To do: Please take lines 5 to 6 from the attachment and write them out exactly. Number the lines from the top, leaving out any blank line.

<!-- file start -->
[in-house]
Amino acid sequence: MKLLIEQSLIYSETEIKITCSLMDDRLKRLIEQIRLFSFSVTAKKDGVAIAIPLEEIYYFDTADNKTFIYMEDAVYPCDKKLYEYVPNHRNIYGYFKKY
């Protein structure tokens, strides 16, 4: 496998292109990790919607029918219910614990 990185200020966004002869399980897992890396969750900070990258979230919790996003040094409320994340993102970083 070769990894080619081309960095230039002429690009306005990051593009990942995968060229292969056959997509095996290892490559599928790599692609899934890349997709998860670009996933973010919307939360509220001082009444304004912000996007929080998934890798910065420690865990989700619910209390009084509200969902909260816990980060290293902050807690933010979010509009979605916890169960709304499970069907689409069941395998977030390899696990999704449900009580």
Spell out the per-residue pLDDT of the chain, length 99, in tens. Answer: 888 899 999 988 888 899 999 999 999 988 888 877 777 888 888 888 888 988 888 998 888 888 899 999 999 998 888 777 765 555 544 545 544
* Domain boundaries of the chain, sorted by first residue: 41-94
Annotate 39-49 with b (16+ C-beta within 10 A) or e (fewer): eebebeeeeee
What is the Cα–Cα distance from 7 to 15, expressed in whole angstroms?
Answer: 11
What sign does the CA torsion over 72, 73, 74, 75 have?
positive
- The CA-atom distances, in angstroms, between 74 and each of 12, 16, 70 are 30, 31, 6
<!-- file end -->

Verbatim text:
* Domain boundaries of the chain, sorted by first residue: 41-94
Annotate 39-49 with b (16+ C-beta within 10 A) or e (fewer): eebebeeeeee